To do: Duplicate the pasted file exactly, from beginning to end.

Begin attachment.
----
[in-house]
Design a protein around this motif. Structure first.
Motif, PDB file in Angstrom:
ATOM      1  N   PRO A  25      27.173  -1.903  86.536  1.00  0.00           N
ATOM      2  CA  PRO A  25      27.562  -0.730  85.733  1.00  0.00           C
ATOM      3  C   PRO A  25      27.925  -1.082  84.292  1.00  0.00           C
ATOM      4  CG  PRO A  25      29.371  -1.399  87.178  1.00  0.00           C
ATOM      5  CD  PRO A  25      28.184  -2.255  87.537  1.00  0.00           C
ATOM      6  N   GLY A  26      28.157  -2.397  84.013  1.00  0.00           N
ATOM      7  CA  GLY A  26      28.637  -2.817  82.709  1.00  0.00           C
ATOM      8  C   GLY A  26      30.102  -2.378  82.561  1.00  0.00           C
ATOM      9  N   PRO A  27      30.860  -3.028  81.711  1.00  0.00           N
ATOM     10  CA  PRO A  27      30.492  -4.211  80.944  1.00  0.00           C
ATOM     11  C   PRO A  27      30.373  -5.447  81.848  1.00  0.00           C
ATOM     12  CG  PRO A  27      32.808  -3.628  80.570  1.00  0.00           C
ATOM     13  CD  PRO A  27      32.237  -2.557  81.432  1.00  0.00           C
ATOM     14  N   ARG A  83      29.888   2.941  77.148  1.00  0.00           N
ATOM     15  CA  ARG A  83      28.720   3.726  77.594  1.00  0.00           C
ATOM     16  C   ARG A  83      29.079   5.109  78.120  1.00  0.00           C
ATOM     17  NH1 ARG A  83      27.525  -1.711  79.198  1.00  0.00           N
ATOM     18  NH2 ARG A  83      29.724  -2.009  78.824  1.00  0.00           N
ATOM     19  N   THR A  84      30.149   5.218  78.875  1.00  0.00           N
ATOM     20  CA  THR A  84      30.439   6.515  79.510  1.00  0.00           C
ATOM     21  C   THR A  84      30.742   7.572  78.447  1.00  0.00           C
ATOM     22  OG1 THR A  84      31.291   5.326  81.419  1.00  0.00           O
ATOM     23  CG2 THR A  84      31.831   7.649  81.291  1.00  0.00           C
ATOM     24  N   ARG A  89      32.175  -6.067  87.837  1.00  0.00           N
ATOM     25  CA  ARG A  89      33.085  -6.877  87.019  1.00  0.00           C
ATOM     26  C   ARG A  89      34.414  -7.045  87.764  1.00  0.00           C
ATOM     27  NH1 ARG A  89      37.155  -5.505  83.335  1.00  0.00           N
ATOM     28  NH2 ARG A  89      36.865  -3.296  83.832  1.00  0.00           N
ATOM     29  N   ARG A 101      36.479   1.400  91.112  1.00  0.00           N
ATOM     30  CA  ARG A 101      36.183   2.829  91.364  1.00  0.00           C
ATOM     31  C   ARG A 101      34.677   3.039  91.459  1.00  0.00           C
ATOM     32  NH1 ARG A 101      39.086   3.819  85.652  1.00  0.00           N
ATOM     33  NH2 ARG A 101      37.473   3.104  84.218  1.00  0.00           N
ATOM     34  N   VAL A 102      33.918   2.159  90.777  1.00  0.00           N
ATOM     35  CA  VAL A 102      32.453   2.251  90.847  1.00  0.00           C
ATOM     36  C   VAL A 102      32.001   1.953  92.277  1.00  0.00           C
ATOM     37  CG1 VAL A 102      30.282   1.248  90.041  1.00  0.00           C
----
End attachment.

[in-house]
Design a protein around this motif. Structure first.
Motif, PDB file in Angstrom:
ATOM      1  N   PRO A  25      27.173  -1.903  86.536  1.00  0.00           N
ATOM      2  CA  PRO A  25      27.562  -0.730  85.733  1.00  0.00           C
ATOM      3  C   PRO A  25      27.925  -1.082  84.292  1.00  0.00           C
ATOM      4  CG  PRO A  25      29.371  -1.399  87.178  1.00  0.00           C
ATOM      5  CD  PRO A  25      28.184  -2.255  87.537  1.00  0.00           C
ATOM      6  N   GLY A  26      28.157  -2.397  84.013  1.00  0.00           N
ATOM      7  CA  GLY A  26      28.637  -2.817  82.709  1.00  0.00           C
ATOM      8  C   GLY A  26      30.102  -2.378  82.561  1.00  0.00           C
ATOM      9  N   PRO A  27      30.860  -3.028  81.711  1.00  0.00           N
ATOM     10  CA  PRO A  27      30.492  -4.211  80.944  1.00  0.00           C
ATOM     11  C   PRO A  27      30.373  -5.447  81.848  1.00  0.00           C
ATOM     12  CG  PRO A  27      32.808  -3.628  80.570  1.00  0.00           C
ATOM     13  CD  PRO A  27      32.237  -2.557  81.432  1.00  0.00           C
ATOM     14  N   ARG A  83      29.888   2.941  77.148  1.00  0.00           N
ATOM     15  CA  ARG A  83      28.720   3.726  77.594  1.00  0.00           C
ATOM     16  C   ARG A  83      29.079   5.109  78.120  1.00  0.00           C
ATOM     17  NH1 ARG A  83      27.525  -1.711  79.198  1.00  0.00           N
ATOM     18  NH2 ARG A  83      29.724  -2.009  78.824  1.00  0.00           N
ATOM     19  N   THR A  84      30.149   5.218  78.875  1.00  0.00           N
ATOM     20  CA  THR A  84      30.439   6.515  79.510  1.00  0.00           C
ATOM     21  C   THR A  84      30.742   7.572  78.447  1.00  0.00           C
ATOM     22  OG1 THR A  84      31.291   5.326  81.419  1.00  0.00           O
ATOM     23  CG2 THR A  84      31.831   7.649  81.291  1.00  0.00           C
ATOM     24  N   ARG A  89      32.175  -6.067  87.837  1.00  0.00           N
ATOM     25  CA  ARG A  89      33.085  -6.877  87.019  1.00  0.00           C
ATOM     26  C   ARG A  89      34.414  -7.045  87.764  1.00  0.00           C
ATOM     27  NH1 ARG A  89      37.155  -5.505  83.335  1.00  0.00           N
ATOM     28  NH2 ARG A  89      36.865  -3.296  83.832  1.00  0.00           N
ATOM     29  N   ARG A 101      36.479   1.400  91.112  1.00  0.00           N
ATOM     30  CA  ARG A 101      36.183   2.829  91.364  1.00  0.00           C
ATOM     31  C   ARG A 101      34.677   3.039  91.459  1.00  0.00           C
ATOM     32  NH1 ARG A 101      39.086   3.819  85.652  1.00  0.00           N
ATOM     33  NH2 ARG A 101      37.473   3.104  84.218  1.00  0.00           N
ATOM     34  N   VAL A 102      33.918   2.159  90.777  1.00  0.00           N
ATOM     35  CA  VAL A 102      32.453   2.251  90.847  1.00  0.00           C
ATOM     36  C   VAL A 102      32.001   1.953  92.277  1.00  0.00           C
ATOM     37  CG1 VAL A 102      30.282   1.248  90.041  1.00  0.00           C